Congress may decide this week between two bills aimed at improving school lunch nutrition. Everyone from Alice Waters to Jamie Oliver to Michelle Obama has gotten on the school-lunch bandwagon — a key target in the battle against child obesity — and who could disagree?
One new bill, the Healthy, Hunger-Free Kids Act, which has passed the Senate, would set national dietary guidelines for any food or drink sold in schools. It would increase funding per meal by $.06 so that fresh produce could be included with more frequency. And it would provide nutritional training for people working in school lunch programs. (More on Time.com: New at the School Fete: The Possum Throwing Contest!)
The House’s version of the bill is more generous by an order of about $3 billion and doesn’t suggest appropriating funding from the food stamp program, as the Senate’s version proposes to do. Though it passed a committee vote, it has to pass a full vote and then return to the Senate.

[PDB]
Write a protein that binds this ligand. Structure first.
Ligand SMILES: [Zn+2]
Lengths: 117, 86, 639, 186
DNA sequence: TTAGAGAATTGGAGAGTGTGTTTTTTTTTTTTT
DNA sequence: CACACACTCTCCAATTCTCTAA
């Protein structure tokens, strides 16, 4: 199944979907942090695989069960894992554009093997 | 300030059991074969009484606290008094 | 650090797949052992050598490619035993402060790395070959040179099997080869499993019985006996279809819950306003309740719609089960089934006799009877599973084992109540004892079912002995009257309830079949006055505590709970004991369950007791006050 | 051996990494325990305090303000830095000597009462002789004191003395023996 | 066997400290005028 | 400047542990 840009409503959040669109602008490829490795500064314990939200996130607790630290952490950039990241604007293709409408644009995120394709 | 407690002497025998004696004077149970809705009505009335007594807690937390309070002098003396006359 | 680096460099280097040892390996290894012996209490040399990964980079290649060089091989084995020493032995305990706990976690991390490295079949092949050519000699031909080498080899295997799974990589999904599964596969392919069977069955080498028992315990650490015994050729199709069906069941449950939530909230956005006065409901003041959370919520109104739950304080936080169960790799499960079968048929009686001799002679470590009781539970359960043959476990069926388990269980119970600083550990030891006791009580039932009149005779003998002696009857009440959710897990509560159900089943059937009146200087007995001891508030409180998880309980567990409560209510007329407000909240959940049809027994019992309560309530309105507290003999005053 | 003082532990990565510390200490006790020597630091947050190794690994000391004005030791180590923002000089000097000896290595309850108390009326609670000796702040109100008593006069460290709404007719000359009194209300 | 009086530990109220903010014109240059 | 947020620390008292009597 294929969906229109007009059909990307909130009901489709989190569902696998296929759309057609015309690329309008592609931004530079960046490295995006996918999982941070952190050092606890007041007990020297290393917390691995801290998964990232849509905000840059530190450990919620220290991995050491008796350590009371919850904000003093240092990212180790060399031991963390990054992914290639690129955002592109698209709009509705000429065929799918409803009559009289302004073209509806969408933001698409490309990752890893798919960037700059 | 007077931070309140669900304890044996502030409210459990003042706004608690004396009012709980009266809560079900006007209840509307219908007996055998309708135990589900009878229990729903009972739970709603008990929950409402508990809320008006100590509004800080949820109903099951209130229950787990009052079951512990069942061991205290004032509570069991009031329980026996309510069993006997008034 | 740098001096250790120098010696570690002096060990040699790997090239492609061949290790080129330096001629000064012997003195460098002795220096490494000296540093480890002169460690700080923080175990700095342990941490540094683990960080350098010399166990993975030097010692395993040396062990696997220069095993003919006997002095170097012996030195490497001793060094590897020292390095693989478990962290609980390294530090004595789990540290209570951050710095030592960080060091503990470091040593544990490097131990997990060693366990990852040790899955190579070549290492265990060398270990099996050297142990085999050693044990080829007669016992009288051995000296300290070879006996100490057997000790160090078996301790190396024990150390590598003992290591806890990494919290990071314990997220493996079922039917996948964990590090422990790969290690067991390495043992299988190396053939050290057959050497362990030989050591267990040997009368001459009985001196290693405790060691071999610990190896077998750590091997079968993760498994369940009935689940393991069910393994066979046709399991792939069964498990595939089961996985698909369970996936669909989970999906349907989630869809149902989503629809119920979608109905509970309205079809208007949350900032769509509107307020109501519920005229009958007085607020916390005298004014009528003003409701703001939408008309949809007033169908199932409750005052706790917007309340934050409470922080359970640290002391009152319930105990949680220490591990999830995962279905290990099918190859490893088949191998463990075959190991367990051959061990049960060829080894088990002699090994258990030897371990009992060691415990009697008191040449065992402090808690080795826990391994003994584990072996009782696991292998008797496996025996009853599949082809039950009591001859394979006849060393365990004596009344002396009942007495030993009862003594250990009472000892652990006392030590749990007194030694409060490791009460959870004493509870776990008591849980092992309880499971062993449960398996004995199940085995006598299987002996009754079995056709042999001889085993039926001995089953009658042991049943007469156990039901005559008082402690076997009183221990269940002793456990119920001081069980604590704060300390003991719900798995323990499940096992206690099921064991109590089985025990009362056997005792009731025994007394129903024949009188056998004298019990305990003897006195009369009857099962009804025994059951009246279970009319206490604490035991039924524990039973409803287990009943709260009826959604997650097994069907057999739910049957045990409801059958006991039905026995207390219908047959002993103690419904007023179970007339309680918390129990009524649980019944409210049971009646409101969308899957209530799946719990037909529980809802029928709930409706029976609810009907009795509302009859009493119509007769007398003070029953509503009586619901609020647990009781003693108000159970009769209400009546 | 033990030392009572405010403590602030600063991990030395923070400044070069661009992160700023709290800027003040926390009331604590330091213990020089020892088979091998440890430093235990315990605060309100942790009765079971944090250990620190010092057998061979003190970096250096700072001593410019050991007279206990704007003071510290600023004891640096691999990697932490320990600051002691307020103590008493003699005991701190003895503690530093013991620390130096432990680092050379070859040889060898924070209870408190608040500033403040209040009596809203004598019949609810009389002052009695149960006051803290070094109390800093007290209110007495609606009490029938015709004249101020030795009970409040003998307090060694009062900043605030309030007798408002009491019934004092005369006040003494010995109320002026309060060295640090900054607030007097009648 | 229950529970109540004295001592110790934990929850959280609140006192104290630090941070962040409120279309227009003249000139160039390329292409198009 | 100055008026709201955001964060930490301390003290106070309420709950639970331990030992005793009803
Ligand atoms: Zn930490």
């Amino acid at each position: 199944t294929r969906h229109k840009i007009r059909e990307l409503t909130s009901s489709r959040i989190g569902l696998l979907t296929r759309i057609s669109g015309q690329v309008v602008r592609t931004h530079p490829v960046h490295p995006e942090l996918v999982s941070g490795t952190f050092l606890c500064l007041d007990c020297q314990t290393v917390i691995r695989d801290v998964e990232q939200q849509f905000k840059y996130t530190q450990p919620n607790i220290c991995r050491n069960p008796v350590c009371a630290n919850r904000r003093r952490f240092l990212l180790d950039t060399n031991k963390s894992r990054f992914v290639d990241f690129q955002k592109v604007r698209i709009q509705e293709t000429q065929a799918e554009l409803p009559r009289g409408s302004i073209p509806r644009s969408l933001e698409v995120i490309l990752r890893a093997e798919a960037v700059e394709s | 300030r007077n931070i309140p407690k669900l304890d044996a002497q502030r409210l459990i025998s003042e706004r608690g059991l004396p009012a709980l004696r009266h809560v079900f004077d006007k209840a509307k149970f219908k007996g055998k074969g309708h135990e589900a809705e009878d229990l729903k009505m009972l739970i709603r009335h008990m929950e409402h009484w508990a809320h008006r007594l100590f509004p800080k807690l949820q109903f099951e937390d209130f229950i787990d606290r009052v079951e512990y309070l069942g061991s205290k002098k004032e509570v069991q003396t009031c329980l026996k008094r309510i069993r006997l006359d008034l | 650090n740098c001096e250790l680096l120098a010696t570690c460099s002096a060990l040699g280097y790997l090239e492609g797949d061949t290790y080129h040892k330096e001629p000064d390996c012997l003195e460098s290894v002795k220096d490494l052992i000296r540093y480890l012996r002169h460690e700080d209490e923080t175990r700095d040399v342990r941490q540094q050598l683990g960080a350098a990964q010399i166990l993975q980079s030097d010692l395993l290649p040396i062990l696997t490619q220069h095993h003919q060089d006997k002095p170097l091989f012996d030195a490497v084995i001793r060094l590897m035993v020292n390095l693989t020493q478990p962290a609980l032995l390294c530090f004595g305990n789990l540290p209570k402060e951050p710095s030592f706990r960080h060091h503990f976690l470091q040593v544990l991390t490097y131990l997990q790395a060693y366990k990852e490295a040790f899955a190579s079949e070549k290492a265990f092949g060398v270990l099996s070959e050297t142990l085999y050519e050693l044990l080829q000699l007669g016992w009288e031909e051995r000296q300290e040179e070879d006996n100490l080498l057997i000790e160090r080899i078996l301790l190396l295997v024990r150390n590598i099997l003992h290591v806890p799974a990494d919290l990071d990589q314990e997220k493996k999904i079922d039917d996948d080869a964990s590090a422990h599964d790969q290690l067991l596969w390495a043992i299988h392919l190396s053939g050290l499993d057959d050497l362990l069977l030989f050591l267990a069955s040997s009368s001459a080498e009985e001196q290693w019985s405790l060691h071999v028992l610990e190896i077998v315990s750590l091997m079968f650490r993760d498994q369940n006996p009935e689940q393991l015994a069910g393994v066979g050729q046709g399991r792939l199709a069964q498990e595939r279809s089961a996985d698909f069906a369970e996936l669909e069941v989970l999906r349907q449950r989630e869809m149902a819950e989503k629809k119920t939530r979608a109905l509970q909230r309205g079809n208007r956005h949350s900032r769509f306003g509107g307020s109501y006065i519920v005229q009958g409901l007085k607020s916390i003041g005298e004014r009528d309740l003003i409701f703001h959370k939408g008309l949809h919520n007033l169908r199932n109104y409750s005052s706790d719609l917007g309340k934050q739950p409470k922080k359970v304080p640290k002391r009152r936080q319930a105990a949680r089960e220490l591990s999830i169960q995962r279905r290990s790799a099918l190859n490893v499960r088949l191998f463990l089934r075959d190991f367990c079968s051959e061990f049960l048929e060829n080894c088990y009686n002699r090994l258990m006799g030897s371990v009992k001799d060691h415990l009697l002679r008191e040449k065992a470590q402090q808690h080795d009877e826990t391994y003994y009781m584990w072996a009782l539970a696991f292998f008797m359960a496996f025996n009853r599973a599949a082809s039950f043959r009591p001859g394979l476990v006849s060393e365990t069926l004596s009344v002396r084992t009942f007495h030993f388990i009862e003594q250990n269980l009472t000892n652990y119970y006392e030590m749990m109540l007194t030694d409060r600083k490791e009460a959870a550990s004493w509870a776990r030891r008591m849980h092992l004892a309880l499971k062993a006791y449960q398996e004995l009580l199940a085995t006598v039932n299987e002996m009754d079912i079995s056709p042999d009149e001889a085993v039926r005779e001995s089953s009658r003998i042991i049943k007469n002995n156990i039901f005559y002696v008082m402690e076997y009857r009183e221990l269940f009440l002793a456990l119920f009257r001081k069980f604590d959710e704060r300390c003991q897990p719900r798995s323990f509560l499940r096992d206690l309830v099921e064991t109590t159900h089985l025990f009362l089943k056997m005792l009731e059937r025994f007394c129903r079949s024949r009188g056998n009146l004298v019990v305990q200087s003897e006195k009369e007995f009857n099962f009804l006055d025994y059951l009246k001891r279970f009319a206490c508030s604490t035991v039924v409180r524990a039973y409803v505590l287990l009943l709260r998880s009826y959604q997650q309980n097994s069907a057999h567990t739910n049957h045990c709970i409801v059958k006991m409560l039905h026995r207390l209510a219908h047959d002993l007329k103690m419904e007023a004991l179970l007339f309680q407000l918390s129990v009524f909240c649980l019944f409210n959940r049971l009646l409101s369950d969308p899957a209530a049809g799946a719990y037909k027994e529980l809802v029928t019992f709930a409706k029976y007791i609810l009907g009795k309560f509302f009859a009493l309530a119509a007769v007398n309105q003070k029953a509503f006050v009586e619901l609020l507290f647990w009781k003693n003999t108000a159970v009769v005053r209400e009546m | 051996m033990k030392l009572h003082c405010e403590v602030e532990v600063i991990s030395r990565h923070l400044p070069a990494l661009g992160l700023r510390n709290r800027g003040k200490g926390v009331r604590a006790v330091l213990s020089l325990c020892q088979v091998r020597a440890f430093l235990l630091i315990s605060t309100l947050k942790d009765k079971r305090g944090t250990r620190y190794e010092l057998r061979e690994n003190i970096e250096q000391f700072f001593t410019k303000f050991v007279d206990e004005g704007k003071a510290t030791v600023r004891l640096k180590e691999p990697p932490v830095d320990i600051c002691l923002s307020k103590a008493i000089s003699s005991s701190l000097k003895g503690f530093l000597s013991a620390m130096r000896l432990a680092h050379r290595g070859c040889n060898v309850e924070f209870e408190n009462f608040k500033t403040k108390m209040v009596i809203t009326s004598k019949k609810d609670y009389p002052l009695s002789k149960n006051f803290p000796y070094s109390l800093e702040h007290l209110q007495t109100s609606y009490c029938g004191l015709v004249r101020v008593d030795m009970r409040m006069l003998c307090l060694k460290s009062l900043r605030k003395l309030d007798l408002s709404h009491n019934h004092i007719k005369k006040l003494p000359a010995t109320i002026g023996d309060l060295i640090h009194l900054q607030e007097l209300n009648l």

The only problem is, the Senate, as we’ve mentioned before, doesn’t have time for another vote this session. If the House passes its own version, it won’t get to the Senate until next session. Along with all of us awaiting food safety reform, the school children of America might not get their regulation until 2011. (More on Time.com: Profiling Student Cheaters: Are They Psychopaths?)
The House could pass the Senate’s version, however, even though it offers less. According to a New York Times op-ed Thursday:
While the bill is not perfect, its nutrition standards would help combat childhood obesity and ensure that youngsters eat more fruits, vegetables and whole grains. The 6 cents-per-meal increase in reimbursements to schools is basically the same as the proposed House formula and means $300 million extra per year for schools. It would be the first noninflation-related increase in the reimbursement rate since 1973.
The House is expected to vote within the week.
More on Time.com:
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